Carpal Tunnel: Treatment Options
wrist pain

If you experience numbness, tingling, or “pins and needles” in your hands, chances are that you’ve looked into carpal tunnel syndrome (CTS). This article provides a bit of helpful information about CTS and what the research shows are effective treatment options. We’ll cover the basics and move into treatment options from there.


What is Carpal Tunnel Syndrome?


Let’s start with the basics: What is Carpal Tunnel Syndrome?


Carpal Tunnel Syndrome (CTS) is the most commonly diagnosed upper extremity condition. In fact, around 2.7 million doctor visits every year in the United States involve the treatment of CTS [1]. CTS also accounts for a large portion of work-related injuries that require employees to take time off of work [2]. It’s fair to say that CTS is a fairly common syndrome. In fact, check out what the research says about CTS:


“Carpal tunnel syndrome (CTS) is the most commonly diagnosed disabling condition of the upper extremities. It is the most commonly known and prevalent type of peripheral entrapment neuropathy that accounts for about 90% of all entrapment neuropathies. ” [1]


Patients who are diagnosed with Carpal Tunnel syndrome experience significant interference in their daily life. Common symptoms of CTS include: decreased grip strength, pain when completing tasks that involve gripping or bending the wrist, sleep interruption, and decreased finger dexterity [3]. CTS can affect any activity that involves the use of your hands.


If left untreated Carpal Tunnel Syndrome leads to long-term permanent damage [4]. This is why it is imperative to begin treatment when symptoms first appear. And, as we’ll discuss in the following section, Occupational & Physical Therapy play a key role in conservative and post-surgical treatment of CTS.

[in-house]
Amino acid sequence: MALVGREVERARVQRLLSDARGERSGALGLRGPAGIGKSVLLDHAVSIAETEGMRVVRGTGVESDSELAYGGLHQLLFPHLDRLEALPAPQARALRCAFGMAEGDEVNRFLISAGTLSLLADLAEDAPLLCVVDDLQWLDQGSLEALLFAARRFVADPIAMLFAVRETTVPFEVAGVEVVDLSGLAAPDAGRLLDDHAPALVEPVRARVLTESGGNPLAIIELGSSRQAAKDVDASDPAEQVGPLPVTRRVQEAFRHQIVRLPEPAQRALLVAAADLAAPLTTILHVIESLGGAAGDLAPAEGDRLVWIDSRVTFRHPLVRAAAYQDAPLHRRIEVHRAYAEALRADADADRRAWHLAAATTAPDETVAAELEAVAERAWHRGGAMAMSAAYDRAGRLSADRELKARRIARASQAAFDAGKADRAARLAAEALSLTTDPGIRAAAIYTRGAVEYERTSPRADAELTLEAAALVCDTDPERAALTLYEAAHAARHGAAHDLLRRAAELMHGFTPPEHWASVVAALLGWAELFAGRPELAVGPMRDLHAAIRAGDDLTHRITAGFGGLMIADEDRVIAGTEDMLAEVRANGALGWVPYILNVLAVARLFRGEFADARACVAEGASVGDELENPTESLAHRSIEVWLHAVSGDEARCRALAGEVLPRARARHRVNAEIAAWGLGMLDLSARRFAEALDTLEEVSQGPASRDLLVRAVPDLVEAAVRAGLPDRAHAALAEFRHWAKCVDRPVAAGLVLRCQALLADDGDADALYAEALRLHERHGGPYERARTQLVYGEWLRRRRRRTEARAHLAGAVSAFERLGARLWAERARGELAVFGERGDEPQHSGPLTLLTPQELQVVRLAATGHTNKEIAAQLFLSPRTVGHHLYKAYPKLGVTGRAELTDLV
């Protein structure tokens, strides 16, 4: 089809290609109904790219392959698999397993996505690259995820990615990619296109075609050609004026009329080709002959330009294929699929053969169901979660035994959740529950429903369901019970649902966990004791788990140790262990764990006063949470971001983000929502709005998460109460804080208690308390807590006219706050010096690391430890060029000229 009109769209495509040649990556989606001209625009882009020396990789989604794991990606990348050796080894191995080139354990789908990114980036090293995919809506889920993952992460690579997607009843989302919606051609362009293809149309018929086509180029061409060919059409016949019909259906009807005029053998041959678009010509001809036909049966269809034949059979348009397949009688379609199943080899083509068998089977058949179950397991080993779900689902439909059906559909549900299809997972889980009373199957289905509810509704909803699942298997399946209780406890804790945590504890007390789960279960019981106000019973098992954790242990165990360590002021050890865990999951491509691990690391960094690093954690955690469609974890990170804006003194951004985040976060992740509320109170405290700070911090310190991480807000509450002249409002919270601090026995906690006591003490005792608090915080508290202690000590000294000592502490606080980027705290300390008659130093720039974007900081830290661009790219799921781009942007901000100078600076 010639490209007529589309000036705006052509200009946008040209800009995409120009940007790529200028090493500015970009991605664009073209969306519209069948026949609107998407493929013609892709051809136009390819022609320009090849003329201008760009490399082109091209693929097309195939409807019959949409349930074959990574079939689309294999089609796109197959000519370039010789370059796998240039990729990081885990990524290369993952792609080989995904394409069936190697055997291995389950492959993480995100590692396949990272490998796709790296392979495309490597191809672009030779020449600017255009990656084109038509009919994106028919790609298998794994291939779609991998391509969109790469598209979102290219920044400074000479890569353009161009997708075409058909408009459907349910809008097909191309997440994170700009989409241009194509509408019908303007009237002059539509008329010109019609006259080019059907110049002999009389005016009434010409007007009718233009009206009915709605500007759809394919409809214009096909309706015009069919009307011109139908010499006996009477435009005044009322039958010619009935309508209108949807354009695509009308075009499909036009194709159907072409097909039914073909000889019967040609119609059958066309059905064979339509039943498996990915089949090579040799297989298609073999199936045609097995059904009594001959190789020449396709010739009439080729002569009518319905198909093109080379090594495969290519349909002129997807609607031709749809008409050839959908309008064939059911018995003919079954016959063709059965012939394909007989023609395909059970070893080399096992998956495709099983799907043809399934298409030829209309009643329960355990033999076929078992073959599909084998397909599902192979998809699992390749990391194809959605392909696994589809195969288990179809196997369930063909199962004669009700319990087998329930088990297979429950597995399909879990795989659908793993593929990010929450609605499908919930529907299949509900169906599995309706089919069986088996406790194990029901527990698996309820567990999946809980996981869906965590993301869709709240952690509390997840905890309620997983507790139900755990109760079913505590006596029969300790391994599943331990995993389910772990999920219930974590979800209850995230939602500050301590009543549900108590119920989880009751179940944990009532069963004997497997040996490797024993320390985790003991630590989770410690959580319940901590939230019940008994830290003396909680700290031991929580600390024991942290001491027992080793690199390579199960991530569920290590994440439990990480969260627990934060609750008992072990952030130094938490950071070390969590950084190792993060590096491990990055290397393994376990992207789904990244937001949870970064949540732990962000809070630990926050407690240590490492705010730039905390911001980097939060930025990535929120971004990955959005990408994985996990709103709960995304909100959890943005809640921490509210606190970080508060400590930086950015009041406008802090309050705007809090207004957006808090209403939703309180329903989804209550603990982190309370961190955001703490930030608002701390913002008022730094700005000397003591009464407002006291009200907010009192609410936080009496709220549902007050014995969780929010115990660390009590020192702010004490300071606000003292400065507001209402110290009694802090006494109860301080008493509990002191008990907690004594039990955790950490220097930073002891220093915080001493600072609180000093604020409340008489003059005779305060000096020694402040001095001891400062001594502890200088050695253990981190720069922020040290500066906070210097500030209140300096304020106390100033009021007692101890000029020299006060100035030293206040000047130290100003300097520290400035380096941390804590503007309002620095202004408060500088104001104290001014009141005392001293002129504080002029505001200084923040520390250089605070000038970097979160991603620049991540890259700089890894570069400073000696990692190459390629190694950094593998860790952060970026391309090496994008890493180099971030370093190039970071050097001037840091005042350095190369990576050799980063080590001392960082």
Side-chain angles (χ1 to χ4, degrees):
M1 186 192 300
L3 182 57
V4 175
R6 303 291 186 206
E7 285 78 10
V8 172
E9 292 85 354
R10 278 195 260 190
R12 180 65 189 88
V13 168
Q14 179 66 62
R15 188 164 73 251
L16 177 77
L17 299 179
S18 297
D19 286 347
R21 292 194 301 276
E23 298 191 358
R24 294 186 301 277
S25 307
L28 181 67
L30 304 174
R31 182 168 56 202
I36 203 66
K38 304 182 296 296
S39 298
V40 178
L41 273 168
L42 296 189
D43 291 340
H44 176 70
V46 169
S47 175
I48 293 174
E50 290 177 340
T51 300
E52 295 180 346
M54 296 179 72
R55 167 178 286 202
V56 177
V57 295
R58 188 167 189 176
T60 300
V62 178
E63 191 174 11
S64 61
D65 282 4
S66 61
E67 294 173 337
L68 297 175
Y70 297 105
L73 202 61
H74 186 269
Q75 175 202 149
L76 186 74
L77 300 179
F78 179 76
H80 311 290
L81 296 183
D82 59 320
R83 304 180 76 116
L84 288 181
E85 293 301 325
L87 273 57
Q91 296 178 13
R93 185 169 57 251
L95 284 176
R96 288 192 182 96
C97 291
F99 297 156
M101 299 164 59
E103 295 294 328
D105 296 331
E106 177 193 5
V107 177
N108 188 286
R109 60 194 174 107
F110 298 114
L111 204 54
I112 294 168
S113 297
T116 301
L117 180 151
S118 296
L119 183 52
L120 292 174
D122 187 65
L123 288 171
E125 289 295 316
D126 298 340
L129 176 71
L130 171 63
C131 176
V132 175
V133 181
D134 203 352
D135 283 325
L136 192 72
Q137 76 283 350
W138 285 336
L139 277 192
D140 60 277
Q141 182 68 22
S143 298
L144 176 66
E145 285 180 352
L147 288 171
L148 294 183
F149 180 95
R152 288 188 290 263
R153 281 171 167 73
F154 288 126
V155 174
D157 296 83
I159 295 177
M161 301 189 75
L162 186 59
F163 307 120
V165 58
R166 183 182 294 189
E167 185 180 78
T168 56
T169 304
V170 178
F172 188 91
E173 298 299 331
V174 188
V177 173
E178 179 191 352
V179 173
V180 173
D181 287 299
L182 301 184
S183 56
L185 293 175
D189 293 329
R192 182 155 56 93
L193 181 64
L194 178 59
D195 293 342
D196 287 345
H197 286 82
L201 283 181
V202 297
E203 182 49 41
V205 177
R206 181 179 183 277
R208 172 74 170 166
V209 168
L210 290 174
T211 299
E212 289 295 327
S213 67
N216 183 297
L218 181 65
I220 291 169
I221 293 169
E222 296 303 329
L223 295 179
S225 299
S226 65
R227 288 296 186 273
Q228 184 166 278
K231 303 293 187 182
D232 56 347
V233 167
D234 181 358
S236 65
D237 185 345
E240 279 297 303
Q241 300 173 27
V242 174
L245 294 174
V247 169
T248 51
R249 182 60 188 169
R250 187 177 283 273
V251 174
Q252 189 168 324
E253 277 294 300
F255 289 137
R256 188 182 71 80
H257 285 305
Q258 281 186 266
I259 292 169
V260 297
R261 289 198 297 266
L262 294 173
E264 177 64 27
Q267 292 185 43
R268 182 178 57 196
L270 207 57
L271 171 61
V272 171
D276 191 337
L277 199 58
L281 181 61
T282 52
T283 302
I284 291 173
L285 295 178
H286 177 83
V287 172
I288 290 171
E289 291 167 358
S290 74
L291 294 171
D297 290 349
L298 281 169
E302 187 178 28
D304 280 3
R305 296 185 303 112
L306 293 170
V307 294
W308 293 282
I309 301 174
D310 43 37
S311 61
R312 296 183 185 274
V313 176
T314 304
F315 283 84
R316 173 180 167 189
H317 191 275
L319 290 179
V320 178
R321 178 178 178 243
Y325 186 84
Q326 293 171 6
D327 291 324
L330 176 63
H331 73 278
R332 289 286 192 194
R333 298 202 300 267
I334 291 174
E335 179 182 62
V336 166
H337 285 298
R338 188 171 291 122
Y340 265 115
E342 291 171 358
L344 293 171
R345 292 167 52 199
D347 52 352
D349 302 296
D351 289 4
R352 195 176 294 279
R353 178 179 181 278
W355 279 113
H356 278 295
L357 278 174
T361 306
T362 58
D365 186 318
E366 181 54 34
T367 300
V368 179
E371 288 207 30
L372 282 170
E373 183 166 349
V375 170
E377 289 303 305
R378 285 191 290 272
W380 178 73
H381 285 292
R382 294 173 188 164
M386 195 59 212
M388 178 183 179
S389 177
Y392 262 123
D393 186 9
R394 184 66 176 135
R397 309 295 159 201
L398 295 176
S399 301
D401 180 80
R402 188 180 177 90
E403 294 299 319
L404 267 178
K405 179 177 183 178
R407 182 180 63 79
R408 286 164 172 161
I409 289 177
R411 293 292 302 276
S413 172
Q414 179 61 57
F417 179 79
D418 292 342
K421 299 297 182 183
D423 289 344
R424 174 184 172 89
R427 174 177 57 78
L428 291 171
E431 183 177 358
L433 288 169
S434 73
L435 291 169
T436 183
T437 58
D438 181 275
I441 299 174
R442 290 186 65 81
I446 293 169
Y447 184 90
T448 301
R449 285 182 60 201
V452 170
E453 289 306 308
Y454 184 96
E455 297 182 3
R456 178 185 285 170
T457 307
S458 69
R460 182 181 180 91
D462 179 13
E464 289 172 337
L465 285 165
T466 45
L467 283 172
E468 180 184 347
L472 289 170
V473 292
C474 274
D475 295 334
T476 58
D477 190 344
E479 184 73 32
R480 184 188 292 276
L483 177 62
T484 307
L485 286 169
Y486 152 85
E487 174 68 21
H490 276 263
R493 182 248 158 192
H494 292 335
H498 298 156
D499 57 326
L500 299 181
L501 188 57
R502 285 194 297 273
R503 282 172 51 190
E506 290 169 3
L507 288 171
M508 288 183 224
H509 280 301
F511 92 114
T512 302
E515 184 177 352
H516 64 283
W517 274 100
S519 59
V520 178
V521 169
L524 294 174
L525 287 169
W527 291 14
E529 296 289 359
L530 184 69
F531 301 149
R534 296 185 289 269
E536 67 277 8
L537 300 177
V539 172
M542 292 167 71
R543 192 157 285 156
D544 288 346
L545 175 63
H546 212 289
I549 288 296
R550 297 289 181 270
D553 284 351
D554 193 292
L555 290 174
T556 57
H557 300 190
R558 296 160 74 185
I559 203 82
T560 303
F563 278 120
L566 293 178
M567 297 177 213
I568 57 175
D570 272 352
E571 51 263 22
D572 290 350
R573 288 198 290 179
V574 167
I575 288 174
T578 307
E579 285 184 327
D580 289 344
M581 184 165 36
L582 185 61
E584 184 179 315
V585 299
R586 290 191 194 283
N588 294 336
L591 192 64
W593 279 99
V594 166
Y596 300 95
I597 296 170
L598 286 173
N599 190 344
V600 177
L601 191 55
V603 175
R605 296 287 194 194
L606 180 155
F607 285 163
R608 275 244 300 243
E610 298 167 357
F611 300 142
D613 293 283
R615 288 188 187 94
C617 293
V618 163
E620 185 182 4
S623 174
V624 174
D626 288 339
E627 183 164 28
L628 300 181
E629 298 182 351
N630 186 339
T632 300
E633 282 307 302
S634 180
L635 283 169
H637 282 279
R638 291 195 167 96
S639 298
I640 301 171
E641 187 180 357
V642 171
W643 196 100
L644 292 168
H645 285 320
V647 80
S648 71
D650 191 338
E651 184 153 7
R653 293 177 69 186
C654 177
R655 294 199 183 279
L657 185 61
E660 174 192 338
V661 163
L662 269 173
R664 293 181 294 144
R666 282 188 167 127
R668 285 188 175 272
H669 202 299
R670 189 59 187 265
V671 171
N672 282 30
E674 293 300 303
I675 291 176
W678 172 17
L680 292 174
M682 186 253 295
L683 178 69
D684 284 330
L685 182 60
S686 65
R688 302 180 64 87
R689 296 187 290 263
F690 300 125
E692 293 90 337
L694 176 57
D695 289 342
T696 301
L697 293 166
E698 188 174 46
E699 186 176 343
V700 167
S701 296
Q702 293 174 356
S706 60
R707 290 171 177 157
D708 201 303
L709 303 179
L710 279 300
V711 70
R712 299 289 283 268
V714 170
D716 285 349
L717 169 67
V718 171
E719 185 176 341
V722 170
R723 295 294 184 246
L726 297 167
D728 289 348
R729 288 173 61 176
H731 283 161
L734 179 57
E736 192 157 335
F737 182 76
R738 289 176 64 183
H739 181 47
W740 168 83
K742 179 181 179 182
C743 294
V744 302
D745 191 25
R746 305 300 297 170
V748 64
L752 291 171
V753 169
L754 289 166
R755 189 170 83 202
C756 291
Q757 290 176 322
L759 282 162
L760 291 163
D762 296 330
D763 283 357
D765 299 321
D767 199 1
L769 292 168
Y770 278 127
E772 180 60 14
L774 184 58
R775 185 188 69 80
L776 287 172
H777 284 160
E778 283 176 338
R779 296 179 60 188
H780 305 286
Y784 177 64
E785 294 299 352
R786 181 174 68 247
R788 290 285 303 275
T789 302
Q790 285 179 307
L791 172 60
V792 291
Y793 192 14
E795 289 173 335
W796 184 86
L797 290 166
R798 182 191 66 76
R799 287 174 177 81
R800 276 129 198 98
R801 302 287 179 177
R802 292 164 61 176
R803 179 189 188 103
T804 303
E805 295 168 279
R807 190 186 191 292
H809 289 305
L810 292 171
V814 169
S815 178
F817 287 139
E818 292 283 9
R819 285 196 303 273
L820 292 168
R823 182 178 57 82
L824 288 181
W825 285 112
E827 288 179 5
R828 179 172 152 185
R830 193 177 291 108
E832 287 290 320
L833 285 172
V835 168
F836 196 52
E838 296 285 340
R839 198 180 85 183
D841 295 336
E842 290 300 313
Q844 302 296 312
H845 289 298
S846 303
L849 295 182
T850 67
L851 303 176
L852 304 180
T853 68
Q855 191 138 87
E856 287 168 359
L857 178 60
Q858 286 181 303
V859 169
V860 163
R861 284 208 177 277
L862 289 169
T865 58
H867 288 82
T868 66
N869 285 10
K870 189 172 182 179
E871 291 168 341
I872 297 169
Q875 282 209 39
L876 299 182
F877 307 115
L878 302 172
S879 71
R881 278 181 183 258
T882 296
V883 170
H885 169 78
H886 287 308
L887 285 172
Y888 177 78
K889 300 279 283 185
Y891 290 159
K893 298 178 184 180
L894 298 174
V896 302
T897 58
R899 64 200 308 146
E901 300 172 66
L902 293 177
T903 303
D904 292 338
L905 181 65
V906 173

What the Research Says About Treatment


As with many conditions and diagnoses, researchers and journals regularly publish articles about CTS. That means that the evidence and our own knowledge about CTS constantly changes and that causes treatment techniques to adjust or change to incorporate what new research tells us. That being said, here is what we currently know about treatment options for CTS.


When it comes to treatment options, most patients must choose between either conservative treatment or invasive treatment options. Conservative treatment options include physical/occupational therapy, stretches, exercises, splints (like a simple wrist cockup splint), non steroidal anti-inflammatory (NSAIDs), and even activity modifications. Invasive treatment options involve surgery and/or injections. Depending on the journal article, sometimes injections get lumped in with conservative treatment, but let’s be honest: getting stabbed with a needle seems pretty invasive to me. For our purposes, we’ll consider conservative treatment to be anything that doesn’t involve surgery or injections.



What does therapy for Carpal Tunnel Syndrome look like?


Conservative interventions are typically considered for more mild to moderate cases of CTS. Treatments can include patient education, work simplification, splinting, nerve glides, manual therapy, and ultrasound therapy [1][2]. Depending on the clinic or clinician, a typical therapy session may involve manual therapy & nerve glides, exercises, and work or activity modification or adaptation.


Surgery is recommended in severe cases, and Occupational & Physical therapy for post operative management is useful. In the event of surgery for carpal tunnel syndrome, therapy treatment typically starts off with wound care, scare management, and edema (swelling) reduction techniques. After the initial few days following surgery, range of motion, gentle stretches, and activity modification takes place.


The eventual goal of therapy following carpal tunnel release surgery is to return to normal activity and functional level. The recovery times vary due to a host of reasons. Everything from overall health, job or work type, and daily routines can affect the recovery time; but most surgeons and therapists expect a patient who has a carpal tunnel release surgery to return to normal activity within 6-12 weeks.


How can Physical Therapy and Occupational Therapy help?